Resource Equity: Connecting culturally specific dance communities with grants funding

By Anne Huang

March 20, 2019, PUBLISHED BY IN DANCE

Introduction  

There’s a large, diverse, and vibrant multicultural dance community in the San Francisco Bay Area. As a long-time capacity building specialist and resource equity advocate, I’ve worked extensively with Bay Area cultural artists and culturally specific arts organizations. They include Charya Burt, Kyoungil Ong, Naomi Diouf, Oakland Asian Cultural Center, CubaCaribe, Bisemi, Halau ‘o Keikiali’i,  Cunamacue, and many others. I connect artists and arts organizations with resources such as grants funding, space, and professional development opportunities. I advocate for resource equity by working with funders to create equitable funding guidelines, speaking on panels such as Grantmakers in the Arts and Dance/USA, and connecting funders with culturally specific communities.

Funders, artists, arts organizations, and arts advocates have long grappled with these questions – What does it take to support the large, diverse, culturally specific dance communities in the Bay Area? What are the key factors to help these dance communities thrive? I will share common challenges of culturally specific dance communities, and solutions to address these challenges. This article will not address the needs of all culturally specific dance communities, but focus on my work with cultural artists and culturally specific arts organizations rooted in traditional cultures, often in immigrant communities.

Landscape and history of culturally specific dance communities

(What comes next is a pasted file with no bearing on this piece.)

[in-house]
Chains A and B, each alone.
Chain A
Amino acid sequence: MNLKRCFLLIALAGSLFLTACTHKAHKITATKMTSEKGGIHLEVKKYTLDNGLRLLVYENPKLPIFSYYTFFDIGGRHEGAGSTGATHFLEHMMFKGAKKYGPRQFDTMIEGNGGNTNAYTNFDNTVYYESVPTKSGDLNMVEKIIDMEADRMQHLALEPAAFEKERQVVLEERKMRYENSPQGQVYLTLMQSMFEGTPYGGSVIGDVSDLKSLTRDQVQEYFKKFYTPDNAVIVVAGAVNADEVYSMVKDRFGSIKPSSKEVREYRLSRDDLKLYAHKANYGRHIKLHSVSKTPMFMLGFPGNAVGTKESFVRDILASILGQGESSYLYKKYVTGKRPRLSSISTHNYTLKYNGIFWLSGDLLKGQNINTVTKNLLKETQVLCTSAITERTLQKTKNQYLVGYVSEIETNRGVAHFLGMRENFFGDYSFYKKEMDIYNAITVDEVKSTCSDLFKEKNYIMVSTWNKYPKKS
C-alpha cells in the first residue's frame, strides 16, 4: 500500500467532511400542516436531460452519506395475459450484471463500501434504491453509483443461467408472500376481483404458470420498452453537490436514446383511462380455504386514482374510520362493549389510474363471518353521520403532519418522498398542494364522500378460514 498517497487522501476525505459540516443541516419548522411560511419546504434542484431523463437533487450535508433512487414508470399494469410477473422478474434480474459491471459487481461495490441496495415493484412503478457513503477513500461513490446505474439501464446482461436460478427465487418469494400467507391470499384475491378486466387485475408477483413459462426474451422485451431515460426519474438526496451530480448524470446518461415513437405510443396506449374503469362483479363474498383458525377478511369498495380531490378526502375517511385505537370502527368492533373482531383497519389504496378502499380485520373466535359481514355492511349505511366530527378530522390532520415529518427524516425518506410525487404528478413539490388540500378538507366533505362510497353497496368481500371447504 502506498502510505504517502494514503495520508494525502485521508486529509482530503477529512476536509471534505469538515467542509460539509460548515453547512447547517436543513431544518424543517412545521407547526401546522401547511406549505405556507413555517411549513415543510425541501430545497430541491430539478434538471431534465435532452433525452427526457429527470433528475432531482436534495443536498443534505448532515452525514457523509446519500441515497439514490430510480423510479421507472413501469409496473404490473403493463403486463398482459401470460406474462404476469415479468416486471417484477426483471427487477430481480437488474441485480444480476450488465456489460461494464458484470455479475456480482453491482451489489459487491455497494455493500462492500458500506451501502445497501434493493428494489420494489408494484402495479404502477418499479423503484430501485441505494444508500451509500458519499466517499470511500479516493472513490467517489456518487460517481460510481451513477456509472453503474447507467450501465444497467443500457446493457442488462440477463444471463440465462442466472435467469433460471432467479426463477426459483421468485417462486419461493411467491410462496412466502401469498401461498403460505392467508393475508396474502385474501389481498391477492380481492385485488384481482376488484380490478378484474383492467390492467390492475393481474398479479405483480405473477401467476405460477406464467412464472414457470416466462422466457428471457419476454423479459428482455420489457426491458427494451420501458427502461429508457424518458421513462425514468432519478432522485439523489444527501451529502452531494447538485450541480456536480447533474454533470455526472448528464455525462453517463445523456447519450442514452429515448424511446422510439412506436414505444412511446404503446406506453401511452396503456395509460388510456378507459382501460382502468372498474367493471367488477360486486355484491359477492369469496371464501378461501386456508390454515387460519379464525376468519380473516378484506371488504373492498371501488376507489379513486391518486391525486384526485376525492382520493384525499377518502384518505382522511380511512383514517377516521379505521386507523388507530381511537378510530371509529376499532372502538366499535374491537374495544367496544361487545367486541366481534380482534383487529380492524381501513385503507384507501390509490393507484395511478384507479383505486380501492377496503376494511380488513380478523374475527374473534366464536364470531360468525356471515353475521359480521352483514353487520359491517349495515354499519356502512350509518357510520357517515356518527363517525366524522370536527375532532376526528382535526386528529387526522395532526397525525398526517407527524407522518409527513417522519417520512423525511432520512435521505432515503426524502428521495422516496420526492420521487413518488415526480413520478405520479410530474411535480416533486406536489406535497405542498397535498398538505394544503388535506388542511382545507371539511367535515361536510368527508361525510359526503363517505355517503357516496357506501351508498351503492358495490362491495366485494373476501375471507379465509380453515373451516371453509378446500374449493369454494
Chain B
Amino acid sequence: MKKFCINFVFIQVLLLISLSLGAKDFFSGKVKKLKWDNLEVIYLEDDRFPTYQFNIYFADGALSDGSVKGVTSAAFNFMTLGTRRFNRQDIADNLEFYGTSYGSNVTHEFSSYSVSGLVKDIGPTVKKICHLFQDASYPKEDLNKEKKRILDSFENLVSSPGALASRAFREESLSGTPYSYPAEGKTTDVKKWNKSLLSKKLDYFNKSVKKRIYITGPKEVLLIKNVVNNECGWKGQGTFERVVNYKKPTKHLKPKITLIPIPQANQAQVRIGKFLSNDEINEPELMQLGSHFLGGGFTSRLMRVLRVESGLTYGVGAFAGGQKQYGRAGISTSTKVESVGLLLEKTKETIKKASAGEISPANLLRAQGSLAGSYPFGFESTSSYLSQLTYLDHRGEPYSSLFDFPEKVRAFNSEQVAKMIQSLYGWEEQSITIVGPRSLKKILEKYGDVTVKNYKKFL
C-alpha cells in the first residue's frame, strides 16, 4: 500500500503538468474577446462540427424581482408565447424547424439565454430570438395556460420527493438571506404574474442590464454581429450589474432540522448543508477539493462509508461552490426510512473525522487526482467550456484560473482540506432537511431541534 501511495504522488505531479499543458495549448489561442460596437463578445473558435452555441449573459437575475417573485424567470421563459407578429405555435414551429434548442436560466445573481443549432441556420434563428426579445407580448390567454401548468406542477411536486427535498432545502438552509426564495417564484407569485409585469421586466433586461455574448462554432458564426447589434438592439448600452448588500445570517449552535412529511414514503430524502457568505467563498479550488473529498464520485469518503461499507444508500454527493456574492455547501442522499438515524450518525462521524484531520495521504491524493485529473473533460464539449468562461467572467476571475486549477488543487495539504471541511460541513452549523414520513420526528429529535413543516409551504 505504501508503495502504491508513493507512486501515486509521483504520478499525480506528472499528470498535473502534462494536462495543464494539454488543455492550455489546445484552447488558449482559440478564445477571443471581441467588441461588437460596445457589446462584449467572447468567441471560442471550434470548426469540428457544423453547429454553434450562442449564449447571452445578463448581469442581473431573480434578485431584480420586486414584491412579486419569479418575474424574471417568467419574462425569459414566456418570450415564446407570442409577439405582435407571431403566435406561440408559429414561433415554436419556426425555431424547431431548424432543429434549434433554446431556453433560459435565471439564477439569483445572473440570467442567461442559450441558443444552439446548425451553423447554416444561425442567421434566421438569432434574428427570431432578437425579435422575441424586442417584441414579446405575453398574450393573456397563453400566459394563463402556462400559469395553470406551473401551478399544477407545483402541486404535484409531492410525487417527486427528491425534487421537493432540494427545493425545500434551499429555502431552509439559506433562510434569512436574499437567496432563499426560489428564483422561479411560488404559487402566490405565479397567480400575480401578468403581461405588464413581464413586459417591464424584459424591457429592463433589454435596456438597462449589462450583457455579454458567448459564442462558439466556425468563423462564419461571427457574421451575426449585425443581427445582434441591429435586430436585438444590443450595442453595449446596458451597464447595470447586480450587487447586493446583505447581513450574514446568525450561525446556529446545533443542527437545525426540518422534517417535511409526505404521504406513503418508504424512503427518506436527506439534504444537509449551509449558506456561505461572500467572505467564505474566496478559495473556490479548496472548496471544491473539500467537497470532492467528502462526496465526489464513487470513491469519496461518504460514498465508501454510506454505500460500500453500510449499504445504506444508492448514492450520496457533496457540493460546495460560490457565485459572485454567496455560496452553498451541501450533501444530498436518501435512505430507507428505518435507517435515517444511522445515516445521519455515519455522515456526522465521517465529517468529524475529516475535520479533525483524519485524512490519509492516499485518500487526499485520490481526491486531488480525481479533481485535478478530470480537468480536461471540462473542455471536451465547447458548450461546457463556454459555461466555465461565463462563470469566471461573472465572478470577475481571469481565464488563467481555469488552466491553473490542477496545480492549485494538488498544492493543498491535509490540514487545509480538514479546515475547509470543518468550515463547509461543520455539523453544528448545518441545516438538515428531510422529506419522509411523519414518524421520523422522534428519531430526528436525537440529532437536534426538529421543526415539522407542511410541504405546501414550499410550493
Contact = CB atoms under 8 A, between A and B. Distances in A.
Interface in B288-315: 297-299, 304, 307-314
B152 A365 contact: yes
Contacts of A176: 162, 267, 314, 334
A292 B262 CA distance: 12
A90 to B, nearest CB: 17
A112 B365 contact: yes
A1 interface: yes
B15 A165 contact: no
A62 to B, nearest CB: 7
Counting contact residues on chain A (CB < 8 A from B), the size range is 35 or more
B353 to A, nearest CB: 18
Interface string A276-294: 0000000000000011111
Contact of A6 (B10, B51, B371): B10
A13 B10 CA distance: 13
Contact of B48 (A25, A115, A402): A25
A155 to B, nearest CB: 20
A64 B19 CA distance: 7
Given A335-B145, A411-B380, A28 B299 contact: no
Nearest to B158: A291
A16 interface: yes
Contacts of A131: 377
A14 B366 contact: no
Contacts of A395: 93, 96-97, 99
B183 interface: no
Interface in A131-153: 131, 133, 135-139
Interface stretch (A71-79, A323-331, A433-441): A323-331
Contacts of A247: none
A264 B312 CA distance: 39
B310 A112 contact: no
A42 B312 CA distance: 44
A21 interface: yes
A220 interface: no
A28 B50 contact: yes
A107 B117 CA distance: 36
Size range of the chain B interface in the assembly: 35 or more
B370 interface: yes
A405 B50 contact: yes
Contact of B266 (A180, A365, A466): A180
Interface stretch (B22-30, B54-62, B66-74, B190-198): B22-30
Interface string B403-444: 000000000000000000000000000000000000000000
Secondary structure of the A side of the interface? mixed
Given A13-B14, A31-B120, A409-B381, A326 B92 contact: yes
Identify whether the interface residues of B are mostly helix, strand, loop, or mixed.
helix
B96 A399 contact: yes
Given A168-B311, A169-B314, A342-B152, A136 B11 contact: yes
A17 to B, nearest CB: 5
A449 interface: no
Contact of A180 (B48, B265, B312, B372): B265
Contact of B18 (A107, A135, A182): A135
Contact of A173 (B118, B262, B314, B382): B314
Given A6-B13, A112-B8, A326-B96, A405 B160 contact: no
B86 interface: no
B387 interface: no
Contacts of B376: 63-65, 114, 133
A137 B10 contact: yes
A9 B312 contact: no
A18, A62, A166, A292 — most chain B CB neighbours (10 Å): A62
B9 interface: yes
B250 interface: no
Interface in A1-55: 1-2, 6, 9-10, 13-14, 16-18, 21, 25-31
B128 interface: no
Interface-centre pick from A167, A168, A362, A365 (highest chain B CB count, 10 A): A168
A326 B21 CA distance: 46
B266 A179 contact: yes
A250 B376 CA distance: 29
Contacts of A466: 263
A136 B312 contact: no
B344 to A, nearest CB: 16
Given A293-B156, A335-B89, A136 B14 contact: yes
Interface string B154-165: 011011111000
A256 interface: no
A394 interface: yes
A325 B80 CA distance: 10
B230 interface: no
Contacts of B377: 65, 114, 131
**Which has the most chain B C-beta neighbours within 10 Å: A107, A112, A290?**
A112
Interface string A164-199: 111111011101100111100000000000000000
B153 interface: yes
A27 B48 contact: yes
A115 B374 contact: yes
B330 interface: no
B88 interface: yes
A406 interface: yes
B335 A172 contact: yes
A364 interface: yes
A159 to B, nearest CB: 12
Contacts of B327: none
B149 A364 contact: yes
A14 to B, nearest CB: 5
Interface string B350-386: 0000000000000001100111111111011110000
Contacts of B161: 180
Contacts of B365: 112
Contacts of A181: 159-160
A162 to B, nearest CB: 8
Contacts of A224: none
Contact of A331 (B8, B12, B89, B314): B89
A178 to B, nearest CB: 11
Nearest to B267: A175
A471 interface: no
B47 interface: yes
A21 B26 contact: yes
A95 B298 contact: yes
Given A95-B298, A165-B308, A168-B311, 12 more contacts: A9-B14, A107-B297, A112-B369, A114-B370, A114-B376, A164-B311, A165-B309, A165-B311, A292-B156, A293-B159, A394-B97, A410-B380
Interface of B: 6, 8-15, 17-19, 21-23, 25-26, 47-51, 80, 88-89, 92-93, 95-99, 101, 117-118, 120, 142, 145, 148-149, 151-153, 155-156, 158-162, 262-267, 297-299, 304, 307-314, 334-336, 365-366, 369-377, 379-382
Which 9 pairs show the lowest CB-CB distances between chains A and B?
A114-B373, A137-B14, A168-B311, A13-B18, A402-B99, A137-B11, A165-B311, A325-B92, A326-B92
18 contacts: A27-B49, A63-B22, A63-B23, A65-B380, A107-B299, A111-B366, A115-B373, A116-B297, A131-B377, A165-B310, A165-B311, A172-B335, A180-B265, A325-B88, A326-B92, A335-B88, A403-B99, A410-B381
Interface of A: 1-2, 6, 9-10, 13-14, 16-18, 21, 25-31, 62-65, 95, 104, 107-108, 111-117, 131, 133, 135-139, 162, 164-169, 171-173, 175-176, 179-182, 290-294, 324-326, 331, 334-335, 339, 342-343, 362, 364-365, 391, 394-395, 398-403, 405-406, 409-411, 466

The passage of the 1965 Immigration and Nationality Act brought large waves of diverse immigrants into the United States. Many immigrant artists settled in the Bay Area from regions as diverse as Cambodia, Liberia, India, Iran, and Senegal. During the 1970s, culturally specific dance was practiced widely, but was largely limited to classes and performances in church basements, living rooms, and community centers, taught on the side by individuals who had migrated to the area seeking a better life for themselves and their families. In the past four decades, the Bay Area’s culturally specific dance community has grown from a grassroots collective of cultural artists to the largest multicultural ethnic dance community in the United States. We now see a community of established, professional culturally specific dance companies, directed by nationally recognized teachers. The first generation of dancers have become our elders and culture bearers. Despite this dramatic artistic growth, many cultural artists and cultural arts organizations have tremendous difficulty accessing financial and other resources, and have fragile organizational infrastructure. Many cultural arts organizations support high-caliber artists, yet have either no paid staff, or lack the professional staffing infrastructure to adequately support the artists. While the root causes of these challenges are complex, creating culturally relevant strategies to secure grants funding and developing professional administrative staff can go a long way towards building organizational sustainability of culturally specific arts organizations and career viability of cultural artists.

What does it take for culturally specific dance communities to secure grants funding? 

1. Develop professional grant writers dedicated to culturally specific dance communities